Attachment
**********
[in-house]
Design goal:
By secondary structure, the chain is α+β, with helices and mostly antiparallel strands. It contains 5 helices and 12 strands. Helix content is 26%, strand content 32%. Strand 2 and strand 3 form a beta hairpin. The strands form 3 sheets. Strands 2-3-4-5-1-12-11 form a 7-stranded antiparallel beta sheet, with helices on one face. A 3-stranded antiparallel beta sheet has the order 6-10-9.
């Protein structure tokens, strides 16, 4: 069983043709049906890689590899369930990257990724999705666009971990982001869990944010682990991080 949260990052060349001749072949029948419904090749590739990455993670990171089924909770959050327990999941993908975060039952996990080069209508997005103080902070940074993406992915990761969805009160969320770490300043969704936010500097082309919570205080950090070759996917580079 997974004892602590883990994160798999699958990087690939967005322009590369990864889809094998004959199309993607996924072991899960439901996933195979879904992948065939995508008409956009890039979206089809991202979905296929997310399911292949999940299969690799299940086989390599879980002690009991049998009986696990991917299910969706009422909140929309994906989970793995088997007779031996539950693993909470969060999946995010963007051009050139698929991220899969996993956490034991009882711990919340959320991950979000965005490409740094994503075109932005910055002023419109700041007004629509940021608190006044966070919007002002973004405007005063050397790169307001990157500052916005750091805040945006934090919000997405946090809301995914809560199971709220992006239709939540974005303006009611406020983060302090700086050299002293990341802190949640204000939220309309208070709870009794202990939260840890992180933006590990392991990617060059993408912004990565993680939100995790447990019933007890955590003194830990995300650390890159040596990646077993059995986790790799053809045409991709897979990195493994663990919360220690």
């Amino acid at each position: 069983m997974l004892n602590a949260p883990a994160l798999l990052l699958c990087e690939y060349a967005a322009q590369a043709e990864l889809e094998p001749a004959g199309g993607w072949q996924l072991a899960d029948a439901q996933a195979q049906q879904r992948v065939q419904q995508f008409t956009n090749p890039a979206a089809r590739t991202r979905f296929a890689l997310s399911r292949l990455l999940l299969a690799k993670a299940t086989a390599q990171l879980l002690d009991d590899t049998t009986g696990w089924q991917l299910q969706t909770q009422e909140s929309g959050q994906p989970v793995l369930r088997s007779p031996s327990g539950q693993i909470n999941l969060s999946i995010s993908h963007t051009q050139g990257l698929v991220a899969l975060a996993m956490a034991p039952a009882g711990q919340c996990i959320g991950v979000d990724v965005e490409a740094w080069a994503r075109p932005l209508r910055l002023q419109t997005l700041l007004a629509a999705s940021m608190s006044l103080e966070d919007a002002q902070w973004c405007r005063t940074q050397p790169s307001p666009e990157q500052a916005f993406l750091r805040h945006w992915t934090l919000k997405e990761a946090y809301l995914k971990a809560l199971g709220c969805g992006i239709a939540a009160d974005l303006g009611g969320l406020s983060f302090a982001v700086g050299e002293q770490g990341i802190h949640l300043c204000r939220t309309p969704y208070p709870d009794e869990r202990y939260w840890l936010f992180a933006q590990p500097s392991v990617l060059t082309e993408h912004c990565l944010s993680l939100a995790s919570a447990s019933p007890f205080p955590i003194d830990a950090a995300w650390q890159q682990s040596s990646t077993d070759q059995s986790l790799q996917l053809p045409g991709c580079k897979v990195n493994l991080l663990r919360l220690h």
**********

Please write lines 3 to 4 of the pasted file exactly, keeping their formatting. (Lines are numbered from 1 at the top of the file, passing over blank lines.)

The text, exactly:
By secondary structure, the chain is α+β, with helices and mostly antiparallel strands. It contains 5 helices and 12 strands. Helix content is 26%, strand content 32%. Strand 2 and strand 3 form a beta hairpin. The strands form 3 sheets. Strands 2-3-4-5-1-12-11 form a 7-stranded antiparallel beta sheet, with helices on one face. A 3-stranded antiparallel beta sheet has the order 6-10-9.
């Protein structure tokens, strides 16, 4: 069983043709049906890689590899369930990257990724999705666009971990982001869990944010682990991080 949260990052060349001749072949029948419904090749590739990455993670990171089924909770959050327990999941993908975060039952996990080069209508997005103080902070940074993406992915990761969805009160969320770490300043969704936010500097082309919570205080950090070759996917580079 997974004892602590883990994160798999699958990087690939967005322009590369990864889809094998004959199309993607996924072991899960439901996933195979879904992948065939995508008409956009890039979206089809991202979905296929997310399911292949999940299969690799299940086989390599879980002690009991049998009986696990991917299910969706009422909140929309994906989970793995088997007779031996539950693993909470969060999946995010963007051009050139698929991220899969996993956490034991009882711990919340959320991950979000965005490409740094994503075109932005910055002023419109700041007004629509940021608190006044966070919007002002973004405007005063050397790169307001990157500052916005750091805040945006934090919000997405946090809301995914809560199971709220992006239709939540974005303006009611406020983060302090700086050299002293990341802190949640204000939220309309208070709870009794202990939260840890992180933006590990392991990617060059993408912004990565993680939100995790447990019933007890955590003194830990995300650390890159040596990646077993059995986790790799053809045409991709897979990195493994663990919360220690």